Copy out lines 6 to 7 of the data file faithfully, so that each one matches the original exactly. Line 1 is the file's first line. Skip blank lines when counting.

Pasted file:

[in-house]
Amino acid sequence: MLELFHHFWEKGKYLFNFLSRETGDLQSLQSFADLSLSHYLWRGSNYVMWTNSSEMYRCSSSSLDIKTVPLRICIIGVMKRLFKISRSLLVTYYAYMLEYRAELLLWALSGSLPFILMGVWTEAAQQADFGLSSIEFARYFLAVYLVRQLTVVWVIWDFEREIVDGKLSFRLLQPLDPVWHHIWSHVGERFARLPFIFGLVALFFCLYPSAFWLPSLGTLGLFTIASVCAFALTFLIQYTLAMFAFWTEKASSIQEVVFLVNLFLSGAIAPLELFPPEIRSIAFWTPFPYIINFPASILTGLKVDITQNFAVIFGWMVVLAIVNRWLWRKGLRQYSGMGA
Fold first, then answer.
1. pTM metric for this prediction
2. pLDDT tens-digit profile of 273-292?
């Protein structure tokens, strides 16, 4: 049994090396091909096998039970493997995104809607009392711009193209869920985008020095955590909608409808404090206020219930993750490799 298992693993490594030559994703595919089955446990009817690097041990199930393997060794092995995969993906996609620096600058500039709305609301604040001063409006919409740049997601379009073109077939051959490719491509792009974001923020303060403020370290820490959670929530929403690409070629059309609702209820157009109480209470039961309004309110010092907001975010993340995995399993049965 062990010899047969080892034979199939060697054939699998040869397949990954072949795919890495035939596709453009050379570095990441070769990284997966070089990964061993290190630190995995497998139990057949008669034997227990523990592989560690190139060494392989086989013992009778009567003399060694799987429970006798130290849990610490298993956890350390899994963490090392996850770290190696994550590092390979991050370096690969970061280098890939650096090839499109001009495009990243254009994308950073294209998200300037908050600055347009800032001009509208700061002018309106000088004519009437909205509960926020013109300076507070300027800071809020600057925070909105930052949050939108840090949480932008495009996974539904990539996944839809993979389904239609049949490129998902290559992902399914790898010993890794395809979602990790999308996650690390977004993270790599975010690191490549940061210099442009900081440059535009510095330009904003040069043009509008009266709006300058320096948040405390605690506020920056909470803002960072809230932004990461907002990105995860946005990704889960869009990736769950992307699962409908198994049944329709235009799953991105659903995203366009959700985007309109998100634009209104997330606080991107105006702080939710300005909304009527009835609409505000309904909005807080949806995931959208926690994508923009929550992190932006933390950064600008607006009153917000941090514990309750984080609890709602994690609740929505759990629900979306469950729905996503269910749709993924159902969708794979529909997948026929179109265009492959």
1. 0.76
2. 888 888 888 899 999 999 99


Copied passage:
């Protein structure tokens, strides 16, 4: 049994090396091909096998039970493997995104809607009392711009193209869920985008020095955590909608409808404090206020219930993750490799 298992693993490594030559994703595919089955446990009817690097041990199930393997060794092995995969993906996609620096600058500039709305609301604040001063409006919409740049997601379009073109077939051959490719491509792009974001923020303060403020370290820490959670929530929403690409070629059309609702209820157009109480209470039961309004309110010092907001975010993340995995399993049965 062990010899047969080892034979199939060697054939699998040869397949990954072949795919890495035939596709453009050379570095990441070769990284997966070089990964061993290190630190995995497998139990057949008669034997227990523990592989560690190139060494392989086989013992009778009567003399060694799987429970006798130290849990610490298993956890350390899994963490090392996850770290190696994550590092390979991050370096690969970061280098890939650096090839499109001009495009990243254009994308950073294209998200300037908050600055347009800032001009509208700061002018309106000088004519009437909205509960926020013109300076507070300027800071809020600057925070909105930052949050939108840090949480932008495009996974539904990539996944839809993979389904239609049949490129998902290559992902399914790898010993890794395809979602990790999308996650690390977004993270790599975010690191490549940061210099442009900081440059535009510095330009904003040069043009509008009266709006300058320096948040405390605690506020920056909470803002960072809230932004990461907002990105995860946005990704889960869009990736769950992307699962409908198994049944329709235009799953991105659903995203366009959700985007309109998100634009209104997330606080991107105006702080939710300005909304009527009835609409505000309904909005807080949806995931959208926690994508923009929550992190932006933390950064600008607006009153917000941090514990309750984080609890709602994690609740929505759990629900979306469950729905996503269910749709993924159902969708794979529909997948026929179109265009492959």
1. 0.76